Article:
A power of attorney is a very powerful document. It allows someone to stand in the shoes of the person that granted a power of attorney. For example, when I was in law school I gave one of my friends with power of attorney to rent an apartment for me because I was out of the country in a school program. If I didn't have an apartment rented before I returned to Dallas at the end of the summer program, then I might not have found the best place for me to live for that school year. My friend found a great apartment she rented it with my power of attorney and it was just as if I was in Dallas making those arrangements. She was able to legally bind me to a rental agreement because I'd given her that authority to stand in my shoes.
Common Uses of a Power of Attorney
Often a power of attorney is used to help handle negotiations when the grantor of the power of attorney is not available to negotiate. For example, my foreign exchange brother is out of the country and he needs to sell his car so he granted me power of attorney to be able to sell his car. This allows me to act in his shoes as if he was here in the USA to sell his car. I am able to bind him to a legal contract to sell his car. Other people have used powers of attorney to sell their homes when they are out-of-state or out of the country.
The power of attorney must list all of the powers granted to the person acting as the attorney-in-fact, on behalf of of the principal, the person who created the power of attorney. For example, many of that software programs that draft powers of attorney do not include the necessary power to sell a house, take care of a pet, or to get mail. Title companies are very picky about reviewing the power of attorney to ensure that the attorney-in-fact has the necessary power to bind the principal to the contract. More than once, we have had clients request that we prepare a new power of attorney because the out-of-the-box software did not provide a document that would be honored by the title company.
Another use of power of attorney is by people who are elderly or ill for their family member or friend to them in handling their day-to-day affairs such as paying bills. This allows the principal to continue to solely own their property such as a bank account with the advantage that the attorney-in-fact can handle the day-to-day affairs without giving up any ownership.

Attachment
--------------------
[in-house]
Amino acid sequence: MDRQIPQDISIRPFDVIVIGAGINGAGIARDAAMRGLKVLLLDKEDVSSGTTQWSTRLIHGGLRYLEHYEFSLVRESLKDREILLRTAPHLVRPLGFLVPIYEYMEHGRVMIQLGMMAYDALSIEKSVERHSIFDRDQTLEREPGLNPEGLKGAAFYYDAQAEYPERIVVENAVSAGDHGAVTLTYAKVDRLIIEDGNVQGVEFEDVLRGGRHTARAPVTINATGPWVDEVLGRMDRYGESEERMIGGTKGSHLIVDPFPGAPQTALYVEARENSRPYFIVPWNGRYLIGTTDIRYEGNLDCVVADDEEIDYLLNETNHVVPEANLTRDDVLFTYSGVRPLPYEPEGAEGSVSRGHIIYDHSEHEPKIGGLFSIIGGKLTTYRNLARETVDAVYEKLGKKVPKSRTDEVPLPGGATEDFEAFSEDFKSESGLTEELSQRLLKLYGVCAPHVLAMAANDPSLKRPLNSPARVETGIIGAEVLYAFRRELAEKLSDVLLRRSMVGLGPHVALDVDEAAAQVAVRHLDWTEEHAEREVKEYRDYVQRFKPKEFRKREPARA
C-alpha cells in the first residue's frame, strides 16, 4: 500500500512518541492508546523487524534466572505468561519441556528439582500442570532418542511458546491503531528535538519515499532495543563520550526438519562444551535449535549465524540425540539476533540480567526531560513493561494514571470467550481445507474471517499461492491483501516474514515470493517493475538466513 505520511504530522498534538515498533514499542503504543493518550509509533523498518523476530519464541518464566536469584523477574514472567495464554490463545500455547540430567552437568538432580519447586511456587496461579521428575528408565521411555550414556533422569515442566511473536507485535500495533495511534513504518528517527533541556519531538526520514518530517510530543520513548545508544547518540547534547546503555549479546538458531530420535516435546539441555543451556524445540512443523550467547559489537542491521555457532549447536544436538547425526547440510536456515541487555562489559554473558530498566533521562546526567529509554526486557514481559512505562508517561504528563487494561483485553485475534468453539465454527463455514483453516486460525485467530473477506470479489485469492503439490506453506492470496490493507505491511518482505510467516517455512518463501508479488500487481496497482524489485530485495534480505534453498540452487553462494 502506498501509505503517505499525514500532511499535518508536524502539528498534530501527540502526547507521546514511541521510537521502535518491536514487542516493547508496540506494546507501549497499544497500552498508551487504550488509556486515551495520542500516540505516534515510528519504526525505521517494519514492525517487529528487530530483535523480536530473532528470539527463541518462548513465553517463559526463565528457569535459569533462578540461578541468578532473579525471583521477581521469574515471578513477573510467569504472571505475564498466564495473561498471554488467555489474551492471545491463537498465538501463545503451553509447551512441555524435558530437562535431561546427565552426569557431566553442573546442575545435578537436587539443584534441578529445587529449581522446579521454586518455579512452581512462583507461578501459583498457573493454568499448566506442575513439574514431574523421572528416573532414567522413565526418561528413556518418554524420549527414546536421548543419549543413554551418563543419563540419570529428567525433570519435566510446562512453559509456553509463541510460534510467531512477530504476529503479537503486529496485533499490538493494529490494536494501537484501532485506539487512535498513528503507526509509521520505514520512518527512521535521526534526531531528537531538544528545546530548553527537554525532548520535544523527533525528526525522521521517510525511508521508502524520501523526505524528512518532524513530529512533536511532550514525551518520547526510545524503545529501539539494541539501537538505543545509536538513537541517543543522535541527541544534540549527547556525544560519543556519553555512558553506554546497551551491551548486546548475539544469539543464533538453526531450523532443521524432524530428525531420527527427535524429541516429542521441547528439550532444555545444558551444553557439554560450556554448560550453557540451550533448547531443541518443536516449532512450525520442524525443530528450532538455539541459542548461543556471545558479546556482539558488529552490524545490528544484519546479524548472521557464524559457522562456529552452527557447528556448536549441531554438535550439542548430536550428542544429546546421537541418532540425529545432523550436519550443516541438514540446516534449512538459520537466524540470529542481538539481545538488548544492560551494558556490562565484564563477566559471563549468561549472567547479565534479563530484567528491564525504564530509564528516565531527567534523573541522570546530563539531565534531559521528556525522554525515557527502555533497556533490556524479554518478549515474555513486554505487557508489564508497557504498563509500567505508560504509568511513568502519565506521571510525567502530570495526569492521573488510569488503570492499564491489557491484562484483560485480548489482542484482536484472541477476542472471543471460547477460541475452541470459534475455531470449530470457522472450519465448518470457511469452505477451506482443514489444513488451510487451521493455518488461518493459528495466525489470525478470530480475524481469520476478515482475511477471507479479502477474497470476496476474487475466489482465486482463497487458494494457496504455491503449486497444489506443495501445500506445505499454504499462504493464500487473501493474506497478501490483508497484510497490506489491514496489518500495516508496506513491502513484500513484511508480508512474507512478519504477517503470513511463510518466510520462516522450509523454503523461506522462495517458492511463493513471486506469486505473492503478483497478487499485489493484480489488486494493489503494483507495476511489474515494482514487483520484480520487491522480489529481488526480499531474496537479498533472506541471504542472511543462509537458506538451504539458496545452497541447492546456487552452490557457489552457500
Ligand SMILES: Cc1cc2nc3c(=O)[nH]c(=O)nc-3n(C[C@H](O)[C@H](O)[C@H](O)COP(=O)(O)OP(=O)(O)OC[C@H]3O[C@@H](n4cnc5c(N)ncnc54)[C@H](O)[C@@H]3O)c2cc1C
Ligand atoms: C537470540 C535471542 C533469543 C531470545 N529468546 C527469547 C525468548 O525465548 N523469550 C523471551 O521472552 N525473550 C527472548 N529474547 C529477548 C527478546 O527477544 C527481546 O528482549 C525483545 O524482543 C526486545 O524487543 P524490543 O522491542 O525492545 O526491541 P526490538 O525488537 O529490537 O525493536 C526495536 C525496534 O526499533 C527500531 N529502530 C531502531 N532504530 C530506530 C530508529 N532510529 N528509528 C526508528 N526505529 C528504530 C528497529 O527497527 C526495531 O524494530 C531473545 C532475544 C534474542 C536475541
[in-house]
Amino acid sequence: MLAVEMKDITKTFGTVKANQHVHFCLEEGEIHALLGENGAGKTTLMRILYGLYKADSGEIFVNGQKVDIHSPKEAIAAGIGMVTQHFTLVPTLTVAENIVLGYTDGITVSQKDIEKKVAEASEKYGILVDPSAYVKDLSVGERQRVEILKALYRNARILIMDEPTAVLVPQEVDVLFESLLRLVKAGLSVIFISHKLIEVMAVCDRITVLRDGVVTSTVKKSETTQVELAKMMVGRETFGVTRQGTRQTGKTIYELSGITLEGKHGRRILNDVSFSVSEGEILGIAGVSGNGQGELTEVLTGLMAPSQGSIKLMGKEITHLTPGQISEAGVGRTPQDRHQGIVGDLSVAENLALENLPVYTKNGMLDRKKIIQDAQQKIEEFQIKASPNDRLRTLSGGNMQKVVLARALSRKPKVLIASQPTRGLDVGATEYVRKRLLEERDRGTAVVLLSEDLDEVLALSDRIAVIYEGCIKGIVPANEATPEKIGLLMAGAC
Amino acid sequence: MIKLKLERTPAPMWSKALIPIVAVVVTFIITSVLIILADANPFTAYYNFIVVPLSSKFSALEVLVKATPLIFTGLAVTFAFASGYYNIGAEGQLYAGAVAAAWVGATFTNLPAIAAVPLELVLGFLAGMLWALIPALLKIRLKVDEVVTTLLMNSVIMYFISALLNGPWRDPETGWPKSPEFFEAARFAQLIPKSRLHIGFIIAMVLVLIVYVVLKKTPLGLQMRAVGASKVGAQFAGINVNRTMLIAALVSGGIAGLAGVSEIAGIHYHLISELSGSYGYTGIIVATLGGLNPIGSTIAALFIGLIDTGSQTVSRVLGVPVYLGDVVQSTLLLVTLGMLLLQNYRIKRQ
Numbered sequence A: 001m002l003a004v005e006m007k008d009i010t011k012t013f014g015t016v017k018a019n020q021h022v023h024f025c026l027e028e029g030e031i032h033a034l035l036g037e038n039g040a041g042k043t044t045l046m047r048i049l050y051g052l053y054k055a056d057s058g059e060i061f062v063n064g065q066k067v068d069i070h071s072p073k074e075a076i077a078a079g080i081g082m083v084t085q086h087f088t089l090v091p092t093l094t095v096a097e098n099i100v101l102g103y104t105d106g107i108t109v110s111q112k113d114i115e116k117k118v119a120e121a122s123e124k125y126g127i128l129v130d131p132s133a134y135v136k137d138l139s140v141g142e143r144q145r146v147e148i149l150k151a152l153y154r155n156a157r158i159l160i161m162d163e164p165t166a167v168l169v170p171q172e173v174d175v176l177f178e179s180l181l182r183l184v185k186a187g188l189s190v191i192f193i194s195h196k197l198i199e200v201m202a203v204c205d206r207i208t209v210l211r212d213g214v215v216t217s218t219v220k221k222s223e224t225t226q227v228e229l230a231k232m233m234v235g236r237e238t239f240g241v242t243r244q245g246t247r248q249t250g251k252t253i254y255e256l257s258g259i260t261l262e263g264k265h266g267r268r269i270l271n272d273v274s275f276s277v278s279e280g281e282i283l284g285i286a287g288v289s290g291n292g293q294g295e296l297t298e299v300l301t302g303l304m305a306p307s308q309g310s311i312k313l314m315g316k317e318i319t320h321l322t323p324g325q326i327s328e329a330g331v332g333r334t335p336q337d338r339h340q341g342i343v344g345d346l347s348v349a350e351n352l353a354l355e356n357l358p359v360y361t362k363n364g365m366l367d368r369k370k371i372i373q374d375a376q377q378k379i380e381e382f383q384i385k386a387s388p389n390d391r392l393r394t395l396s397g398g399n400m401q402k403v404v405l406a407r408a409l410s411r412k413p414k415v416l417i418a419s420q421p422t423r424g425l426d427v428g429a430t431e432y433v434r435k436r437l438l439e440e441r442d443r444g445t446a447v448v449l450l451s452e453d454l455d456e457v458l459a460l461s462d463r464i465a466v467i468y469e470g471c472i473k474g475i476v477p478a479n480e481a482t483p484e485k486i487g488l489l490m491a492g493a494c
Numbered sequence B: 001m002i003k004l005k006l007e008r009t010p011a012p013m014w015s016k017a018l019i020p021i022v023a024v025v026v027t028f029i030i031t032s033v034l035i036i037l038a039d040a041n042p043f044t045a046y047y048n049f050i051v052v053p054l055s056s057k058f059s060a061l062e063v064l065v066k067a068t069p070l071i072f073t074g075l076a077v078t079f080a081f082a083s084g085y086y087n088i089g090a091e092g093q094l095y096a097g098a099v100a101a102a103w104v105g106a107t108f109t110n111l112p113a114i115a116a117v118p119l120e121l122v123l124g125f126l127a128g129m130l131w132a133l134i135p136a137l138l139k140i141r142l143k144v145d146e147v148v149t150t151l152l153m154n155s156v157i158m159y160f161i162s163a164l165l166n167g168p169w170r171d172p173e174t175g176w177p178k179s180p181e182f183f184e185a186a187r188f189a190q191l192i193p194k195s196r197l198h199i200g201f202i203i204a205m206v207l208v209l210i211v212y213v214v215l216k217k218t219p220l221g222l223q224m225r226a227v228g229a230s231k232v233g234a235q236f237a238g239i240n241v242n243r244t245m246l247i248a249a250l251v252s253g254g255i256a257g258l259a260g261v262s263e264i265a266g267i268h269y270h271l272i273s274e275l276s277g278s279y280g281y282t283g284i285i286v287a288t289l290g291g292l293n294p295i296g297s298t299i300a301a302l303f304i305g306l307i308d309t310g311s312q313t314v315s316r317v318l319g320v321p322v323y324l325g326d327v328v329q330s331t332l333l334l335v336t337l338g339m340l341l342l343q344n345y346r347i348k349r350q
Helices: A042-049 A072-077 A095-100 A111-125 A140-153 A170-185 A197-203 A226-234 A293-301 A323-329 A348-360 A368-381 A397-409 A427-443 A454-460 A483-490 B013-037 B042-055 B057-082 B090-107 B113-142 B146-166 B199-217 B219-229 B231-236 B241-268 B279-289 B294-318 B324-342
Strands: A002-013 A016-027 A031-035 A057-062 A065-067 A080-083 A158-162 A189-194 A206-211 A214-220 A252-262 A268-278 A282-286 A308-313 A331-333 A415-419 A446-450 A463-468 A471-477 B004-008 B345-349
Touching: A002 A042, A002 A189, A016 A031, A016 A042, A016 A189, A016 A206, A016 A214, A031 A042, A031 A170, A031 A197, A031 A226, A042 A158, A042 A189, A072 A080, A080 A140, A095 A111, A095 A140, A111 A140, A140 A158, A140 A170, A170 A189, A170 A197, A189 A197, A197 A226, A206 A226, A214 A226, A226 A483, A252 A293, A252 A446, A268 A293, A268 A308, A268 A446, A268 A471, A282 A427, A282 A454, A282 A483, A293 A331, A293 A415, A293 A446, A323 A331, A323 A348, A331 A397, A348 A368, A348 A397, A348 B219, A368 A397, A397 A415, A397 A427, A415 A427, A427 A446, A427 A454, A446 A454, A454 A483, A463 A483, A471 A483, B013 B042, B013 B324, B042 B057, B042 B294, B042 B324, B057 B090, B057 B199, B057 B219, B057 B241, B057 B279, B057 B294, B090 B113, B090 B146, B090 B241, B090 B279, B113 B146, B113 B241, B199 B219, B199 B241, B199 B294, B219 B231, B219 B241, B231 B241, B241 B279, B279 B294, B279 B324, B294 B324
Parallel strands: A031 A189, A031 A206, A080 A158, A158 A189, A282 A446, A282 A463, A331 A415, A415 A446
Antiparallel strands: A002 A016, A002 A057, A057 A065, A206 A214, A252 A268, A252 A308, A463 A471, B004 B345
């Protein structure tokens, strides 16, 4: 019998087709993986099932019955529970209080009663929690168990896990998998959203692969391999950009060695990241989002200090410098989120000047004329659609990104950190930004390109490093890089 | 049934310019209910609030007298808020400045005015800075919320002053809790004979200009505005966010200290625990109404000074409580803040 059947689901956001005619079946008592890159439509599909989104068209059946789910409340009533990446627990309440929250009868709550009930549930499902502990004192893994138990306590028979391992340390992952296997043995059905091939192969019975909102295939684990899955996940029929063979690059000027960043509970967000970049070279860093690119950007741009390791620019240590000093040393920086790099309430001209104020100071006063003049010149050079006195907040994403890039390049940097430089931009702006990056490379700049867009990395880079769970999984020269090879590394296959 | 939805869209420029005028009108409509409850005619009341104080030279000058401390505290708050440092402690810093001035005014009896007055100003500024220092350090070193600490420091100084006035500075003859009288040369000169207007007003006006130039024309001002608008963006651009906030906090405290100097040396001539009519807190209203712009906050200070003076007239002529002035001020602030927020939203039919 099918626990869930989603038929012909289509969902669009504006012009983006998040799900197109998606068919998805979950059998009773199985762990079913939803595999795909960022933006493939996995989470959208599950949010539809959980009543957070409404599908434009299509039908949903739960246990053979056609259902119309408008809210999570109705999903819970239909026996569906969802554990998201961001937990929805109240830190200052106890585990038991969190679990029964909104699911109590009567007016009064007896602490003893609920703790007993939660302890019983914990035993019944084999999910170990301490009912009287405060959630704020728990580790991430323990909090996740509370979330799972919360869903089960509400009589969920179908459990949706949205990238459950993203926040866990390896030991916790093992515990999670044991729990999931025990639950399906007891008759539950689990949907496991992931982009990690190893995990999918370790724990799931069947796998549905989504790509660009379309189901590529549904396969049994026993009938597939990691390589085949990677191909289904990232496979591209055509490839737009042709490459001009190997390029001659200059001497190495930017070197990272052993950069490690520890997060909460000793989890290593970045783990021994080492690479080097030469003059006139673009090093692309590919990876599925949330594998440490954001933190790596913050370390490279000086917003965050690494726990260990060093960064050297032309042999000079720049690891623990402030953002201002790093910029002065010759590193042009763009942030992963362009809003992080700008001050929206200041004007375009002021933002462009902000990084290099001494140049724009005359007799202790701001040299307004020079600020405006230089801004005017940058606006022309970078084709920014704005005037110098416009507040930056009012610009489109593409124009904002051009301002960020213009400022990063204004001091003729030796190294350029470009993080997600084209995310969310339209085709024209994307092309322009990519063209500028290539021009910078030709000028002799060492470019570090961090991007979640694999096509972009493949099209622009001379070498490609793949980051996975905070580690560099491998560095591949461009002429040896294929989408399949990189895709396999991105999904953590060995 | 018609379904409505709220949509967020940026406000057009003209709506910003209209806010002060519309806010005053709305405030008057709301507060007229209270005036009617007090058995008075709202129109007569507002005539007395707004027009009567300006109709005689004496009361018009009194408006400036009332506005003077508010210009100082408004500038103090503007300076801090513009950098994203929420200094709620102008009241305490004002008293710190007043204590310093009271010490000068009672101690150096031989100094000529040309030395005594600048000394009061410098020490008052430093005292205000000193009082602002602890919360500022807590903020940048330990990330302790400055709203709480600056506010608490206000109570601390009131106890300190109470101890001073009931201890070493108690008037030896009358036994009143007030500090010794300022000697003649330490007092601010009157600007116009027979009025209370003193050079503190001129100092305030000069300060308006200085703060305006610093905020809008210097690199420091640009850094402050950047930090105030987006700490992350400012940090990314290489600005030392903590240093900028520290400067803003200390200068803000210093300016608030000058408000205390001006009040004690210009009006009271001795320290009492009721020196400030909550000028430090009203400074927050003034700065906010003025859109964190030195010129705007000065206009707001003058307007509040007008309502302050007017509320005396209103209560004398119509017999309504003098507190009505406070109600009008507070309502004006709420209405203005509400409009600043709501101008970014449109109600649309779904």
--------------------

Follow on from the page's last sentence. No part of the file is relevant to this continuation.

Limits of Power of Attorney
Powers of Attorney attorneys are only good for as long as the principal is alive. The power of attorney can include a clause that says that it is good until attorney-in-fact knows that the principal is deceased. This allows any people or companies relying upon the attorney-in-fact commitment of the principal a margin of safety. Many people are shocked that their power of attorney ends with the principal passes away. Often we receive calls requesting powers of attorney to be drafted for people who are already deceased. I believe this is because people don't understand what power of attorney are. What they understand is a power of attorney would allow them, as an attorney-in-fact, to stand in the shoes of the principal.
Additionally, powers of attorney can be revoked at any time that the principal is competent. The attorney-in-fact must act as a fiduciary to the principal at all times. This means that whatever action the attorney-in-fact does on behalf of the principal it must be as the principal wants.
Another limited power of attorneys that we often use is that the power of attorney is a springing power. This means the principal does not grant the powers enumerated in the document until and unless to doctors agree that they are unable to handle their affairs. Sometimes these powers of attorney are not used because the principal passes away before to doctors agree that they are incompetent. In that case, the power of attorney would never be valid. The attorney-in-fact would have never been given full powers under the document.
In our comprehensive estate plans we provide two powers of attorney. One power of attorney is limited to healthcare decisions. This is because you don't always want the same person handling your financial business that is handling your healthcare business. The second power of attorney is to handle all other matters for example preparing tax returns.
If you want to see us about preparing a power of attorney for you please schedule an appointment with us. It is part of a life plan. We are now calling the Family Wealth Planning Sessions Life and Legacy Planning Sessions because a comprehensive estate plan includes a plan for living when the principle is incompetent and for after the principal passes away. Do you have a plan? Has it been reviewed in the last year? If not, mention this blog to receive a free two hour Life and Legacy Planning Session!